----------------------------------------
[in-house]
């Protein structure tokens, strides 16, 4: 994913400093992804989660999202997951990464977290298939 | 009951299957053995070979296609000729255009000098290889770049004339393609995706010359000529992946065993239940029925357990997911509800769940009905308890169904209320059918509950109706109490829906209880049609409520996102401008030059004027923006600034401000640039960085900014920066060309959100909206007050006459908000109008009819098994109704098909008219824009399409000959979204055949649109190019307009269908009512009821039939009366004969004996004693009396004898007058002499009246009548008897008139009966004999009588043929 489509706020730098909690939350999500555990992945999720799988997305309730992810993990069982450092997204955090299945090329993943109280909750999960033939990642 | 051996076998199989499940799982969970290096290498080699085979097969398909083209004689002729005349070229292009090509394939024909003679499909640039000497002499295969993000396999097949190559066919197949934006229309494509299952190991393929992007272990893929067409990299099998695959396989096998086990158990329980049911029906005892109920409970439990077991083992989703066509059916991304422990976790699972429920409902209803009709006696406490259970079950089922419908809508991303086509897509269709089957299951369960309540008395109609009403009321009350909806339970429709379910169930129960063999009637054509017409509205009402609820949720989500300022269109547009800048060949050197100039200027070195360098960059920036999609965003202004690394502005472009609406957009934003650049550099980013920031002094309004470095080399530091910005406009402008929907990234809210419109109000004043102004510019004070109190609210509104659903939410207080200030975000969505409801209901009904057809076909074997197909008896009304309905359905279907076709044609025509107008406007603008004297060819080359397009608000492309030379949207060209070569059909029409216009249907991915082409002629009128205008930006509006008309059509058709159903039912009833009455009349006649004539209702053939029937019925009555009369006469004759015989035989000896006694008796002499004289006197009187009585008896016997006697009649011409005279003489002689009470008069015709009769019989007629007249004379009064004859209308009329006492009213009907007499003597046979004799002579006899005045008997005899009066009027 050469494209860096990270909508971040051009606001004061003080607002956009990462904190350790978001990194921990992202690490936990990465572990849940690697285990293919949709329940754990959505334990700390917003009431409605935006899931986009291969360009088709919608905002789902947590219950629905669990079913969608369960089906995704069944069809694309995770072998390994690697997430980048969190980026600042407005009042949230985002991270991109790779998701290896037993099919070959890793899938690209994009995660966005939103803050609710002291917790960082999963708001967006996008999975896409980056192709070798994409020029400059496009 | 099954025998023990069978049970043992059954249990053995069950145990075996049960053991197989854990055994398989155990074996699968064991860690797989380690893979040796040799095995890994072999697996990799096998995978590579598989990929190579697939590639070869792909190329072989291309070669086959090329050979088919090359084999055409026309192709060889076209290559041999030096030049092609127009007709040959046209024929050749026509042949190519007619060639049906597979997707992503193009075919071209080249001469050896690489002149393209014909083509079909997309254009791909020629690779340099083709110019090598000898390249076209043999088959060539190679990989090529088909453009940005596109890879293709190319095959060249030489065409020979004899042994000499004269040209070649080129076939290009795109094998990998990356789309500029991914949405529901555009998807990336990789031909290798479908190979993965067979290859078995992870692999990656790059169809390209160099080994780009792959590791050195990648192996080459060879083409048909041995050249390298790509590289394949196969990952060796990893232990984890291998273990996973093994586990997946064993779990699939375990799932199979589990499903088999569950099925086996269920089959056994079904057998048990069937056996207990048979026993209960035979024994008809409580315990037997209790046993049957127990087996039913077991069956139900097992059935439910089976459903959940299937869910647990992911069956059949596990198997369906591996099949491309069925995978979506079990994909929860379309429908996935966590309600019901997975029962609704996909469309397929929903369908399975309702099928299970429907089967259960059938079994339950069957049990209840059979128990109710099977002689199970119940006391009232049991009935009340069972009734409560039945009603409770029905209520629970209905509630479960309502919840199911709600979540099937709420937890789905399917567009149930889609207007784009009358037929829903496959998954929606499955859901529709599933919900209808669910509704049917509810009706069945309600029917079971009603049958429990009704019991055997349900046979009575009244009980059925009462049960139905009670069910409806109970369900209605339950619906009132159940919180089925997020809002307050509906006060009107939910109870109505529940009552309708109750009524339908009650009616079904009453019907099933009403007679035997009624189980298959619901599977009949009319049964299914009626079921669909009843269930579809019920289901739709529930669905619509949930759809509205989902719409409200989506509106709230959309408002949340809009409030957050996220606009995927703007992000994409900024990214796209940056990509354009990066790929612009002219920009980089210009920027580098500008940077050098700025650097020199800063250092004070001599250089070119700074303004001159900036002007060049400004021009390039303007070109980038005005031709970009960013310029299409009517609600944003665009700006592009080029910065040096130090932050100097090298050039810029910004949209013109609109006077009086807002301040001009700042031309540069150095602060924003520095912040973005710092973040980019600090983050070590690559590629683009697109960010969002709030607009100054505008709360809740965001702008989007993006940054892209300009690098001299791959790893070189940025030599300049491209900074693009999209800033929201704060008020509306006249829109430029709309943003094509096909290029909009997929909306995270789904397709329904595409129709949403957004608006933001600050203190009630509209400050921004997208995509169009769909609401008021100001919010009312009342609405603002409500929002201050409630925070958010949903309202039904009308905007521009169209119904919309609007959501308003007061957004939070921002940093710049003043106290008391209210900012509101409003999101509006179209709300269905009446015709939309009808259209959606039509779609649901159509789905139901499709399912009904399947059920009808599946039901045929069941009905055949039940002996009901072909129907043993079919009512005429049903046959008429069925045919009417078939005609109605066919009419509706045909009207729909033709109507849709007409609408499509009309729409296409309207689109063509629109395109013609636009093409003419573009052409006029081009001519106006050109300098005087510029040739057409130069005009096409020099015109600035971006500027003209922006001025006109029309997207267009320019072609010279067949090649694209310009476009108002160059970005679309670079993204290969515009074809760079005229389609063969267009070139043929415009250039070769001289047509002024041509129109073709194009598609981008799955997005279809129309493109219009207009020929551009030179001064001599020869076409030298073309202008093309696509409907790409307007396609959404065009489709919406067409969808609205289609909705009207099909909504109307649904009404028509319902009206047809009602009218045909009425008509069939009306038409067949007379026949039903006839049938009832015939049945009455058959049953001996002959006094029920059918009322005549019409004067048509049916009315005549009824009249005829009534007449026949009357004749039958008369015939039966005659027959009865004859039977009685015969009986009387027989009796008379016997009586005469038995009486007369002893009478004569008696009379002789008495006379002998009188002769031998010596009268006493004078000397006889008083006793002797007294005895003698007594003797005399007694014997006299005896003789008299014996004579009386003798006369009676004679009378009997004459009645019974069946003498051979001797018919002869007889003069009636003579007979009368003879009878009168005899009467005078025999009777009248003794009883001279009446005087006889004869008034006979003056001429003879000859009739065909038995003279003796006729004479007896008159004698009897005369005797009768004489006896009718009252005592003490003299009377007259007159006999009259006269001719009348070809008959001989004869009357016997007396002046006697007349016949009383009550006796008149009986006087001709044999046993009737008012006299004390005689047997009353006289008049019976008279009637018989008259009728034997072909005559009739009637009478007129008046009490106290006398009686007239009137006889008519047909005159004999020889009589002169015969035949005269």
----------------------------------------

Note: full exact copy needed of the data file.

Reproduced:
[in-house]
């Protein structure tokens, strides 16, 4: 994913400093992804989660999202997951990464977290298939 | 009951299957053995070979296609000729255009000098290889770049004339393609995706010359000529992946065993239940029925357990997911509800769940009905308890169904209320059918509950109706109490829906209880049609409520996102401008030059004027923006600034401000640039960085900014920066060309959100909206007050006459908000109008009819098994109704098909008219824009399409000959979204055949649109190019307009269908009512009821039939009366004969004996004693009396004898007058002499009246009548008897008139009966004999009588043929 489509706020730098909690939350999500555990992945999720799988997305309730992810993990069982450092997204955090299945090329993943109280909750999960033939990642 | 051996076998199989499940799982969970290096290498080699085979097969398909083209004689002729005349070229292009090509394939024909003679499909640039000497002499295969993000396999097949190559066919197949934006229309494509299952190991393929992007272990893929067409990299099998695959396989096998086990158990329980049911029906005892109920409970439990077991083992989703066509059916991304422990976790699972429920409902209803009709006696406490259970079950089922419908809508991303086509897509269709089957299951369960309540008395109609009403009321009350909806339970429709379910169930129960063999009637054509017409509205009402609820949720989500300022269109547009800048060949050197100039200027070195360098960059920036999609965003202004690394502005472009609406957009934003650049550099980013920031002094309004470095080399530091910005406009402008929907990234809210419109109000004043102004510019004070109190609210509104659903939410207080200030975000969505409801209901009904057809076909074997197909008896009304309905359905279907076709044609025509107008406007603008004297060819080359397009608000492309030379949207060209070569059909029409216009249907991915082409002629009128205008930006509006008309059509058709159903039912009833009455009349006649004539209702053939029937019925009555009369006469004759015989035989000896006694008796002499004289006197009187009585008896016997006697009649011409005279003489002689009470008069015709009769019989007629007249004379009064004859209308009329006492009213009907007499003597046979004799002579006899005045008997005899009066009027 050469494209860096990270909508971040051009606001004061003080607002956009990462904190350790978001990194921990992202690490936990990465572990849940690697285990293919949709329940754990959505334990700390917003009431409605935006899931986009291969360009088709919608905002789902947590219950629905669990079913969608369960089906995704069944069809694309995770072998390994690697997430980048969190980026600042407005009042949230985002991270991109790779998701290896037993099919070959890793899938690209994009995660966005939103803050609710002291917790960082999963708001967006996008999975896409980056192709070798994409020029400059496009 | 099954025998023990069978049970043992059954249990053995069950145990075996049960053991197989854990055994398989155990074996699968064991860690797989380690893979040796040799095995890994072999697996990799096998995978590579598989990929190579697939590639070869792909190329072989291309070669086959090329050979088919090359084999055409026309192709060889076209290559041999030096030049092609127009007709040959046209024929050749026509042949190519007619060639049906597979997707992503193009075919071209080249001469050896690489002149393209014909083509079909997309254009791909020629690779340099083709110019090598000898390249076209043999088959060539190679990989090529088909453009940005596109890879293709190319095959060249030489065409020979004899042994000499004269040209070649080129076939290009795109094998990998990356789309500029991914949405529901555009998807990336990789031909290798479908190979993965067979290859078995992870692999990656790059169809390209160099080994780009792959590791050195990648192996080459060879083409048909041995050249390298790509590289394949196969990952060796990893232990984890291998273990996973093994586990997946064993779990699939375990799932199979589990499903088999569950099925086996269920089959056994079904057998048990069937056996207990048979026993209960035979024994008809409580315990037997209790046993049957127990087996039913077991069956139900097992059935439910089976459903959940299937869910647990992911069956059949596990198997369906591996099949491309069925995978979506079990994909929860379309429908996935966590309600019901997975029962609704996909469309397929929903369908399975309702099928299970429907089967259960059938079994339950069957049990209840059979128990109710099977002689199970119940006391009232049991009935009340069972009734409560039945009603409770029905209520629970209905509630479960309502919840199911709600979540099937709420937890789905399917567009149930889609207007784009009358037929829903496959998954929606499955859901529709599933919900209808669910509704049917509810009706069945309600029917079971009603049958429990009704019991055997349900046979009575009244009980059925009462049960139905009670069910409806109970369900209605339950619906009132159940919180089925997020809002307050509906006060009107939910109870109505529940009552309708109750009524339908009650009616079904009453019907099933009403007679035997009624189980298959619901599977009949009319049964299914009626079921669909009843269930579809019920289901739709529930669905619509949930759809509205989902719409409200989506509106709230959309408002949340809009409030957050996220606009995927703007992000994409900024990214796209940056990509354009990066790929612009002219920009980089210009920027580098500008940077050098700025650097020199800063250092004070001599250089070119700074303004001159900036002007060049400004021009390039303007070109980038005005031709970009960013310029299409009517609600944003665009700006592009080029910065040096130090932050100097090298050039810029910004949209013109609109006077009086807002301040001009700042031309540069150095602060924003520095912040973005710092973040980019600090983050070590690559590629683009697109960010969002709030607009100054505008709360809740965001702008989007993006940054892209300009690098001299791959790893070189940025030599300049491209900074693009999209800033929201704060008020509306006249829109430029709309943003094509096909290029909009997929909306995270789904397709329904595409129709949403957004608006933001600050203190009630509209400050921004997208995509169009769909609401008021100001919010009312009342609405603002409500929002201050409630925070958010949903309202039904009308905007521009169209119904919309609007959501308003007061957004939070921002940093710049003043106290008391209210900012509101409003999101509006179209709300269905009446015709939309009808259209959606039509779609649901159509789905139901499709399912009904399947059920009808599946039901045929069941009905055949039940002996009901072909129907043993079919009512005429049903046959008429069925045919009417078939005609109605066919009419509706045909009207729909033709109507849709007409609408499509009309729409296409309207689109063509629109395109013609636009093409003419573009052409006029081009001519106006050109300098005087510029040739057409130069005009096409020099015109600035971006500027003209922006001025006109029309997207267009320019072609010279067949090649694209310009476009108002160059970005679309670079993204290969515009074809760079005229389609063969267009070139043929415009250039070769001289047509002024041509129109073709194009598609981008799955997005279809129309493109219009207009020929551009030179001064001599020869076409030298073309202008093309696509409907790409307007396609959404065009489709919406067409969808609205289609909705009207099909909504109307649904009404028509319902009206047809009602009218045909009425008509069939009306038409067949007379026949039903006839049938009832015939049945009455058959049953001996002959006094029920059918009322005549019409004067048509049916009315005549009824009249005829009534007449026949009357004749039958008369015939039966005659027959009865004859039977009685015969009986009387027989009796008379016997009586005469038995009486007369002893009478004569008696009379002789008495006379002998009188002769031998010596009268006493004078000397006889008083006793002797007294005895003698007594003797005399007694014997006299005896003789008299014996004579009386003798006369009676004679009378009997004459009645019974069946003498051979001797018919002869007889003069009636003579007979009368003879009878009168005899009467005078025999009777009248003794009883001279009446005087006889004869008034006979003056001429003879000859009739065909038995003279003796006729004479007896008159004698009897005369005797009768004489006896009718009252005592003490003299009377007259007159006999009259006269001719009348070809008959001989004869009357016997007396002046006697007349016949009383009550006796008149009986006087001709044999046993009737008012006299004390005689047997009353006289008049019976008279009637018989008259009728034997072909005559009739009637009478007129008046009490106290006398009686007239009137006889008519047909005159004999020889009589002169015969035949005269």